Fourteenth Amendment, Section 1:
All persons born or naturalized in the United States, and subject to the jurisdiction thereof, are citizens of the United States and of the State wherein they reside. No State shall make or enforce any law which shall abridge the privileges or immunities of citizens of the United States; nor shall any State deprive any person of life, liberty, or property, without due process of law; nor deny to any person within its jurisdiction the equal protection of the laws.
The doctrine of the
right to travel actually encompasses three separate rights, of which two have been notable for the uncertainty of their textual support. The first is the right of a citizen to move freely between states, a right venerable for its longevity, but still lacking a clear doctrinal basis.1 The second, expressly addressed by the first sentence of Article IV, provides a citizen of one state who is temporarily visiting another state the
Privileges and Immunities of a citizen of the latter state.2 The third is the right of a new arrival to a state, who establishes citizenship in that state, to enjoy the same rights and benefits as other state citizens. This right is most often invoked in challenges to durational residency requirements, which require that persons reside in a state for a specified period of time before taking advantage of the benefits of that state’s citizenship.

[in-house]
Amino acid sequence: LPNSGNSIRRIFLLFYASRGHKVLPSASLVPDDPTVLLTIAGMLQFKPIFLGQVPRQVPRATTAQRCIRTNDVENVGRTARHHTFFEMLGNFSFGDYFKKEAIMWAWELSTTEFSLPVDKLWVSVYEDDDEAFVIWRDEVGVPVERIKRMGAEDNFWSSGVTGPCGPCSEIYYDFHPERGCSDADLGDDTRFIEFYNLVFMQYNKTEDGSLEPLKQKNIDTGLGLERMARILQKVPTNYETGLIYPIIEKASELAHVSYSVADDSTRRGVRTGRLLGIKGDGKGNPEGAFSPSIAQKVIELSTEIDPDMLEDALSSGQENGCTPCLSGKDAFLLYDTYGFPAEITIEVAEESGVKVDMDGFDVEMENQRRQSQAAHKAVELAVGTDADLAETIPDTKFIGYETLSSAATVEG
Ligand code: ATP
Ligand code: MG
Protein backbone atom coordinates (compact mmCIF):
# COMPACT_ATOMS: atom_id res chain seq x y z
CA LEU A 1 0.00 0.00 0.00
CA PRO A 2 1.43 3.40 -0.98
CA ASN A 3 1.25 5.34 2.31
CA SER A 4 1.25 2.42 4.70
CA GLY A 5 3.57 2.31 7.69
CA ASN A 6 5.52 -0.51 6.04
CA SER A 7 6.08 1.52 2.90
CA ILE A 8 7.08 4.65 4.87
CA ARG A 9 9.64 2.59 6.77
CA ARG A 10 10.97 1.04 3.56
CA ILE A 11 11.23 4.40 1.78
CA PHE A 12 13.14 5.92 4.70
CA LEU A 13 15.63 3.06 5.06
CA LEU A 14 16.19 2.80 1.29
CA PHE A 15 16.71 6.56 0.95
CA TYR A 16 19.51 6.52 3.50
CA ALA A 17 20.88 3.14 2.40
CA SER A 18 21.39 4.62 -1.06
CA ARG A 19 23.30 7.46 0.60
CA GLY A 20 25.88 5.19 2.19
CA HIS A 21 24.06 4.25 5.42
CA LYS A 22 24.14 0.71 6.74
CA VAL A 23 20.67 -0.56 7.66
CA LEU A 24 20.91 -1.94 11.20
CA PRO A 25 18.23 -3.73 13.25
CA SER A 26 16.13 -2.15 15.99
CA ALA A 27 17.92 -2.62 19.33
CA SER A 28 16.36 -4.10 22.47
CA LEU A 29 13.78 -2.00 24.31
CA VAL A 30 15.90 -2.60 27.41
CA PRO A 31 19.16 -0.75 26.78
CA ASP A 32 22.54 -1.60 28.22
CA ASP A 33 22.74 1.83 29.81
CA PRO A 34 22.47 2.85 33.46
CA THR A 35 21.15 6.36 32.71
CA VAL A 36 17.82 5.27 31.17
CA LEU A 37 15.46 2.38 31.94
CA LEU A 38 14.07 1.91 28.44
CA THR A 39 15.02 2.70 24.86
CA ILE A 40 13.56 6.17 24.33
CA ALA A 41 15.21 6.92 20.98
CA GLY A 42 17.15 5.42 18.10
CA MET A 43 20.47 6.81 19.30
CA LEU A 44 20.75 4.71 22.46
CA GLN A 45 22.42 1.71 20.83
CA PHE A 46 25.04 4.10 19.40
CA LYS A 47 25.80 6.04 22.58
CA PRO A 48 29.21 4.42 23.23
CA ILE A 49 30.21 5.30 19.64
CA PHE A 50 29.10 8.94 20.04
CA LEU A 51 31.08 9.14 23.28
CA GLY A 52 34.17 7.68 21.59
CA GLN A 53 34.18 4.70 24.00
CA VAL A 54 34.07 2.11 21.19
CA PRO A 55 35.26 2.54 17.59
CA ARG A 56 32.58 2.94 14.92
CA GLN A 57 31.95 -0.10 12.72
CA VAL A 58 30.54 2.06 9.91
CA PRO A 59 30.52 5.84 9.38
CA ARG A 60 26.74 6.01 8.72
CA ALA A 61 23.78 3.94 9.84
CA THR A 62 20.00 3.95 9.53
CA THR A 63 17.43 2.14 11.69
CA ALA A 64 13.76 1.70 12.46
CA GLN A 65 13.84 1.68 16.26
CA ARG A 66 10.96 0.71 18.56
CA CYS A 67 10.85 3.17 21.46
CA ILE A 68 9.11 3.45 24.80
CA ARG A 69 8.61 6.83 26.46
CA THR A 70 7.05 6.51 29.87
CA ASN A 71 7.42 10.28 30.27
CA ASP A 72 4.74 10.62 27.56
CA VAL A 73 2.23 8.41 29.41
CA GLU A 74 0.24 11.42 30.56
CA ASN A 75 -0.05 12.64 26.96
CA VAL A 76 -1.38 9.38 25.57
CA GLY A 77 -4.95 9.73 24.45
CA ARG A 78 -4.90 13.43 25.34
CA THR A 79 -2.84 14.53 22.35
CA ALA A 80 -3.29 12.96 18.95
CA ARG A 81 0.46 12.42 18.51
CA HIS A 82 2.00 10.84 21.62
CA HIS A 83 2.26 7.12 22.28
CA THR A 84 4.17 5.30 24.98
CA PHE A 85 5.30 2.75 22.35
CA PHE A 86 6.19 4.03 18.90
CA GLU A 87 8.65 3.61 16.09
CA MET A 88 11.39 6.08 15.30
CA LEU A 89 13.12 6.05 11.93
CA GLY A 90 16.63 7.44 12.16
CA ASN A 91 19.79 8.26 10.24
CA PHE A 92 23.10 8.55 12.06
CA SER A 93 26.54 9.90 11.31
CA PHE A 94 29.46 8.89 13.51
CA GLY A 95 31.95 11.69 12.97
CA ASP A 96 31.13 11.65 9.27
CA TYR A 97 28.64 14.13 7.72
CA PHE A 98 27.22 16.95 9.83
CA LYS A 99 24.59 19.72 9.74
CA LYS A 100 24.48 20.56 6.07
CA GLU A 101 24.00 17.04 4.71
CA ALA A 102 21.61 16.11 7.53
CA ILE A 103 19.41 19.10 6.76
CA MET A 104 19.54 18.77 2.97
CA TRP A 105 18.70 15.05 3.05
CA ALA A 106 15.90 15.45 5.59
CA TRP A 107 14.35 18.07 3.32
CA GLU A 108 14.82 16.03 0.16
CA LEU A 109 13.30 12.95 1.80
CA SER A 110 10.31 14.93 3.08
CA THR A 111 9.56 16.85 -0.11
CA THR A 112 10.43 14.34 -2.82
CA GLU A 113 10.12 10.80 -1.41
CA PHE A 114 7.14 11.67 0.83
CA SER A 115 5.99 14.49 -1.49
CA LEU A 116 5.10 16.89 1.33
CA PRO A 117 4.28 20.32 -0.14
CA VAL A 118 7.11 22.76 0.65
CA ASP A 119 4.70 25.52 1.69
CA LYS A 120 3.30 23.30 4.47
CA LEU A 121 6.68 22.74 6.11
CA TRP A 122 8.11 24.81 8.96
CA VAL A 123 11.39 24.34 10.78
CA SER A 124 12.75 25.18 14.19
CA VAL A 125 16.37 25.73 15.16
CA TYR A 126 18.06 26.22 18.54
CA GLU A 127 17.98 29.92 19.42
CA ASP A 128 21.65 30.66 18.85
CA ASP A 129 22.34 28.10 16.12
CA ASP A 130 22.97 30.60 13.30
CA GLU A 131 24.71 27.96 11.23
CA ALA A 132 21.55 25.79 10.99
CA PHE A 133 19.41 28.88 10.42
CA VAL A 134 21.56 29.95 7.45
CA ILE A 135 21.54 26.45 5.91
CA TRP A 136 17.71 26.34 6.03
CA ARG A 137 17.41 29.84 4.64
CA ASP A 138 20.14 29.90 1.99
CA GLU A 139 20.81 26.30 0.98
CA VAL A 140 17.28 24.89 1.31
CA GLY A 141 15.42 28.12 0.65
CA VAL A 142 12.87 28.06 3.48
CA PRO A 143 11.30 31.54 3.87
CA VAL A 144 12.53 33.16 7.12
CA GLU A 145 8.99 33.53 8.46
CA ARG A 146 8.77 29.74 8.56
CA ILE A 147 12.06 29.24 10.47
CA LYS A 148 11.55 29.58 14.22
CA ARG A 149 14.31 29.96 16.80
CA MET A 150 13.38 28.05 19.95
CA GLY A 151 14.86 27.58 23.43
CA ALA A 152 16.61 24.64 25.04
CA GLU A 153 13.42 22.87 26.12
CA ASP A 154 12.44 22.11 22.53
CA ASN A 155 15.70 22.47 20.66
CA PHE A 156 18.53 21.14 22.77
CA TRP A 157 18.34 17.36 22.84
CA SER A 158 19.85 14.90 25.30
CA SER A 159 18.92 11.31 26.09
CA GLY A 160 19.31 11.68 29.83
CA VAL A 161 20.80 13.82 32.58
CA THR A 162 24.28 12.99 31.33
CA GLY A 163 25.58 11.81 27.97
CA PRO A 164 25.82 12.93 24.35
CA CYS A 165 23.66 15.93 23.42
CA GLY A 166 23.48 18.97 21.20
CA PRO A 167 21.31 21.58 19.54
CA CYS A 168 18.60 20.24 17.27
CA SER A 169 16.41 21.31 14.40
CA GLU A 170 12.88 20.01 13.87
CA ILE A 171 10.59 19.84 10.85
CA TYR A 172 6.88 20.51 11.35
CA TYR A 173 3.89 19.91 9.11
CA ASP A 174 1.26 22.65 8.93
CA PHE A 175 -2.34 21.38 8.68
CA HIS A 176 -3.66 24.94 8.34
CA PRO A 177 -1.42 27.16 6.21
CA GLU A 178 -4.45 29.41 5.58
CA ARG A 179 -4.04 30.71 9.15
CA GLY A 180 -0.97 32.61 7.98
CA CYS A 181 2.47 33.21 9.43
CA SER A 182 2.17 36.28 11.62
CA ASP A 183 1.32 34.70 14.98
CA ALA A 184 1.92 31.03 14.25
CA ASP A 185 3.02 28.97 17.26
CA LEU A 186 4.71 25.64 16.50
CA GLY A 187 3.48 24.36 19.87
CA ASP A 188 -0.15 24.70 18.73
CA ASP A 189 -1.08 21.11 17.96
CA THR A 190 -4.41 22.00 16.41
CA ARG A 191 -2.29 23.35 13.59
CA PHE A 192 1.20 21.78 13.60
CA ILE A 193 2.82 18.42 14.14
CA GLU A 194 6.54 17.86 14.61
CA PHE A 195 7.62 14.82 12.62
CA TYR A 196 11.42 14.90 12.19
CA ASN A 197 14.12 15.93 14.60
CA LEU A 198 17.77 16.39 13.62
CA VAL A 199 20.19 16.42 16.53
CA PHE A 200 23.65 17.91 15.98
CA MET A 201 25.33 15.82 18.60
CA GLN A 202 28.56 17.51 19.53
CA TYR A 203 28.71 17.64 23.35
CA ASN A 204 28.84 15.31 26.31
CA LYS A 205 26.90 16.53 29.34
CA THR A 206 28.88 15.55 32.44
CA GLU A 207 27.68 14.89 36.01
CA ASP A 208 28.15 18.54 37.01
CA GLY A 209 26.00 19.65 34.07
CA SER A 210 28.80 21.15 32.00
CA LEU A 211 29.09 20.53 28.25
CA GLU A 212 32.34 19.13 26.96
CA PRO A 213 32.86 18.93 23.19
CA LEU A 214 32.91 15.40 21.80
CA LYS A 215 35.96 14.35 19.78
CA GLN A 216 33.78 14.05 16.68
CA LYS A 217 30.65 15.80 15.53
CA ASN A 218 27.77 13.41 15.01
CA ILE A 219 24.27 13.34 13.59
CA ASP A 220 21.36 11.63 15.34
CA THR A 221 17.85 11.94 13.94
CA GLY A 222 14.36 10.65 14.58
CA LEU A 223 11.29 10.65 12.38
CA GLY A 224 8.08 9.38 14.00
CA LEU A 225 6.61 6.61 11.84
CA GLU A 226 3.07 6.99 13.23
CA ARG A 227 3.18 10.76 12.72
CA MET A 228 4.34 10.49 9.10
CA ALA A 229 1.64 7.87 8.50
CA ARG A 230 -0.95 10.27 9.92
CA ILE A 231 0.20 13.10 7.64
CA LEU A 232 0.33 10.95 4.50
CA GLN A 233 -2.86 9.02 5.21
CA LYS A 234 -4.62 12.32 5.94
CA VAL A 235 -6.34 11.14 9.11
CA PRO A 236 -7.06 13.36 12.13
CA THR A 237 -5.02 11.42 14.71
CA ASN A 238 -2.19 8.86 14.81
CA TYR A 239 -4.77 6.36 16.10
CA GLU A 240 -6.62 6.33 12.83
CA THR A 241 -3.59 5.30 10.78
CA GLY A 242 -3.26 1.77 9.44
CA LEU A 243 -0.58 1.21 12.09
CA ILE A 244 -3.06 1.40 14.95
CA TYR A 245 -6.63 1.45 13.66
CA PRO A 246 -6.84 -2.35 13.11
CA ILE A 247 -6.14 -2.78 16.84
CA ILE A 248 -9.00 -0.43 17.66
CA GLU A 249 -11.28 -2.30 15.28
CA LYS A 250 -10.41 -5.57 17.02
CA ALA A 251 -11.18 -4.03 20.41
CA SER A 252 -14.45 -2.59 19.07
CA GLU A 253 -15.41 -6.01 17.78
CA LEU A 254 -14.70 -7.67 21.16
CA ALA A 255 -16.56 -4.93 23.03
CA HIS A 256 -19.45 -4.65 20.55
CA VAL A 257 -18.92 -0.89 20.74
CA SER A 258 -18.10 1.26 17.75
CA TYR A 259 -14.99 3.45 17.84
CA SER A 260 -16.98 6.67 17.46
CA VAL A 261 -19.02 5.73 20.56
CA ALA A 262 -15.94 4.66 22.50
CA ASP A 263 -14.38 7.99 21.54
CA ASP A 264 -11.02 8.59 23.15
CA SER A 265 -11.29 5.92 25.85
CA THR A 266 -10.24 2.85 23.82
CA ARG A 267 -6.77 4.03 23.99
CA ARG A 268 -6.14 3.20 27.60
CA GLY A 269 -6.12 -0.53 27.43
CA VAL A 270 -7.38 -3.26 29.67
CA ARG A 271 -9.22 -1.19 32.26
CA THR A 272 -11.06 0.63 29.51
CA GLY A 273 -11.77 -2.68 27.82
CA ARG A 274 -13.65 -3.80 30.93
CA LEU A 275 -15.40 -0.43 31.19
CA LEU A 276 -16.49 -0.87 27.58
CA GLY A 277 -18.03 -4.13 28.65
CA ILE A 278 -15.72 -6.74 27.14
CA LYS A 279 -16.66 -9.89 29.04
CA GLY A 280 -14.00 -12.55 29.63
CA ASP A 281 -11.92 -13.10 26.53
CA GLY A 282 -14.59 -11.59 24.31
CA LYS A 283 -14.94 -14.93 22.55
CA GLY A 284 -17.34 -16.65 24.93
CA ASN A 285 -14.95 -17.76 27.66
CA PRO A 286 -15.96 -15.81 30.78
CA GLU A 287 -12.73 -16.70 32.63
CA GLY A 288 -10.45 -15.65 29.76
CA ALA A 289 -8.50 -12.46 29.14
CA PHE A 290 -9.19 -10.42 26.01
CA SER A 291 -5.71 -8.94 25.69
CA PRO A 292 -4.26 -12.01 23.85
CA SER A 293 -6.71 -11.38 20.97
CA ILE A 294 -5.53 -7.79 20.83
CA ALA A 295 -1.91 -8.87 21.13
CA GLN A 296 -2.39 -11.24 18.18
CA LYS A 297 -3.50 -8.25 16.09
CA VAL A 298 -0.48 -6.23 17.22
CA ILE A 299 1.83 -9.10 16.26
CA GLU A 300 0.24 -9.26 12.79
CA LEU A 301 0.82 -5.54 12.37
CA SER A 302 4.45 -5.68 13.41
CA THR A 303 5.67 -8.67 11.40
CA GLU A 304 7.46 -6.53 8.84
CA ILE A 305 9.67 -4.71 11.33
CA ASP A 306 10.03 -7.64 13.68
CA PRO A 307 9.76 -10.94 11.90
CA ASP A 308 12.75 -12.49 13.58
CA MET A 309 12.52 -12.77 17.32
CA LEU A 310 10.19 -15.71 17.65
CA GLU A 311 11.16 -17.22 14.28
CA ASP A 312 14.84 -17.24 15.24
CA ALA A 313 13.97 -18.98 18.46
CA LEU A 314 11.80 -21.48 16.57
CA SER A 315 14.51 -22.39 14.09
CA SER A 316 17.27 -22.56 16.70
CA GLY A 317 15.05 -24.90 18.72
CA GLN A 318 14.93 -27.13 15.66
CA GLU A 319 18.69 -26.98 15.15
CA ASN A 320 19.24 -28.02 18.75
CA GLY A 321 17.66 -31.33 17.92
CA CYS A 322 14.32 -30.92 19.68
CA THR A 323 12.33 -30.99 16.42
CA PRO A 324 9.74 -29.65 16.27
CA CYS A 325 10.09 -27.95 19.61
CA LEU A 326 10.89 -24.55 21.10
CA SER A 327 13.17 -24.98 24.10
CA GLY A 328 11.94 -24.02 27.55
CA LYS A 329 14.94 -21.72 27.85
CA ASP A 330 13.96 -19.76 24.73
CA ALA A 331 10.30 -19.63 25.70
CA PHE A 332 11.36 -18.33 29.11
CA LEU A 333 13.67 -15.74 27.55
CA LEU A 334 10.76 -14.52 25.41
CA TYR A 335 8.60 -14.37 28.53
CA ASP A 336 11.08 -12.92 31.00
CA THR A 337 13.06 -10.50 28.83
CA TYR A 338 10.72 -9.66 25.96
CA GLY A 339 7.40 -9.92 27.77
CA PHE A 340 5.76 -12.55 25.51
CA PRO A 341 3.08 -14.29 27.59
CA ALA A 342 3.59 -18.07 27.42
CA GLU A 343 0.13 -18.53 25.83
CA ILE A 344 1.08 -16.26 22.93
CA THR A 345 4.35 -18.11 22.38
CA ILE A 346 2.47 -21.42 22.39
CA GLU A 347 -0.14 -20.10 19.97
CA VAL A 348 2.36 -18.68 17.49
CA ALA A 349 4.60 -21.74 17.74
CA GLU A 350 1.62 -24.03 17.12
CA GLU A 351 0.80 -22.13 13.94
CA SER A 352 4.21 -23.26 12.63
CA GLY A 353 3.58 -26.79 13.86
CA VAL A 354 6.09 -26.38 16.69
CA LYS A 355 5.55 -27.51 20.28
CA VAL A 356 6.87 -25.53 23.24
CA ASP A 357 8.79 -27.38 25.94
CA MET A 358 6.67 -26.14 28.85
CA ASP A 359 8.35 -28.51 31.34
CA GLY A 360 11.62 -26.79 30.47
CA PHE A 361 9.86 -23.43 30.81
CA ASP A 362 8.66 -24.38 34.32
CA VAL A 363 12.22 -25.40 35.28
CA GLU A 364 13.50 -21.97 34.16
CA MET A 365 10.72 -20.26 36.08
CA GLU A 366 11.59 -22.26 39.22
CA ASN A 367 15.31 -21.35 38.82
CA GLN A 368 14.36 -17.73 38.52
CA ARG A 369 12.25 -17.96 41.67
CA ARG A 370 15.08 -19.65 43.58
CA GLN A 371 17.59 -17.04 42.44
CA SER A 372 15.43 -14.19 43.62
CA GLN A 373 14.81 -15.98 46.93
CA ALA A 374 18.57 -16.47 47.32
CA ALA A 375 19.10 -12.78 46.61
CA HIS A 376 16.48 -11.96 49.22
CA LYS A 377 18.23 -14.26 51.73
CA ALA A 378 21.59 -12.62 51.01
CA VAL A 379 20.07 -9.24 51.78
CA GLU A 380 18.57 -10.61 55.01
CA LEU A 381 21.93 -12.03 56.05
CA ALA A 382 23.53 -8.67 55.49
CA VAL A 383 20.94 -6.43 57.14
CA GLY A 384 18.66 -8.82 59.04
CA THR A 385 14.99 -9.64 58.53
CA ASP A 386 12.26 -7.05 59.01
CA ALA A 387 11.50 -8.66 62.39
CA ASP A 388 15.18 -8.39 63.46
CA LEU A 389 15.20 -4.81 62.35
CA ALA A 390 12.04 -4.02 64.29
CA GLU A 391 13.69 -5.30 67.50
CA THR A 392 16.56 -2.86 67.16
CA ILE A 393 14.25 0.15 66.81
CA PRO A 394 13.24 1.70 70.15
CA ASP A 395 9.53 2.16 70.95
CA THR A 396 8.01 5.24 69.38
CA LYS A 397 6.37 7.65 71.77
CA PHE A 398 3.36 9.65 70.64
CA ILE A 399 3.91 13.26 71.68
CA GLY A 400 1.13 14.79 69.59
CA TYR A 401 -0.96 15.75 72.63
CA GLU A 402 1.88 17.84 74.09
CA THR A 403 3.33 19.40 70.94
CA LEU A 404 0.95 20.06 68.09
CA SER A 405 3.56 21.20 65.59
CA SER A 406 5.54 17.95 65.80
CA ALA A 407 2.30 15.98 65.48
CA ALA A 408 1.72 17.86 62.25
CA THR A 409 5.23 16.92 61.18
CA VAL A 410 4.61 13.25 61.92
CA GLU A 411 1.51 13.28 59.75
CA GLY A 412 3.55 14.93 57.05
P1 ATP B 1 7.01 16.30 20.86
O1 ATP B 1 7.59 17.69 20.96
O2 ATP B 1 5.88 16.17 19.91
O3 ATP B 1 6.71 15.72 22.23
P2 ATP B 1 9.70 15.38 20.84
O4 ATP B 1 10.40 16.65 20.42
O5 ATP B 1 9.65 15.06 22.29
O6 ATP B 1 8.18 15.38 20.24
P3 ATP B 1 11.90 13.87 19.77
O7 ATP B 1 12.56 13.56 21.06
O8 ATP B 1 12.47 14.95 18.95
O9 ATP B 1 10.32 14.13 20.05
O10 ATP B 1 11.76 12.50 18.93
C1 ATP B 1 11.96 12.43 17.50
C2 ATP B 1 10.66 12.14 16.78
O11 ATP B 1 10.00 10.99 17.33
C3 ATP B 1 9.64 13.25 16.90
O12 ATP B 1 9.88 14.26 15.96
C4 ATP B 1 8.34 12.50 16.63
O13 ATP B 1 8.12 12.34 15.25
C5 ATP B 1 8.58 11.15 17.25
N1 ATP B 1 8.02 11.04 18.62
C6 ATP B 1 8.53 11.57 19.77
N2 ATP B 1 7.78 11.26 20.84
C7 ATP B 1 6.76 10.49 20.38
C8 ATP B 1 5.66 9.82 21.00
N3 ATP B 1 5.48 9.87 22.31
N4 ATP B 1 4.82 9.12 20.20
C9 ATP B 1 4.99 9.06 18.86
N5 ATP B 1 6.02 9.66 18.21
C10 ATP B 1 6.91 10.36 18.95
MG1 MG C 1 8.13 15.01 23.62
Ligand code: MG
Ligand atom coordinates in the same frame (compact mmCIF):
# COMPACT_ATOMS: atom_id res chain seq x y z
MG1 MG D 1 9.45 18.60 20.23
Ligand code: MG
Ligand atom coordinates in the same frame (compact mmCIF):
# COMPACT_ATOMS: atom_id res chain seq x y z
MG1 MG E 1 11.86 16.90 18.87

Durational Residency Requirements
Challenges to durational residency requirements have traditionally been made under the Equal Protection Clause of the Fourteenth Amendment. In 1999, however, the Court approved a doctrinal shift, so that state laws that distinguished between their own citizens, based on how long they had been in the state, would be evaluated instead under the Privileges or Immunities Clause of the Fourteenth Amendment.3 The Court did not, however, question the continuing efficacy of the earlier cases.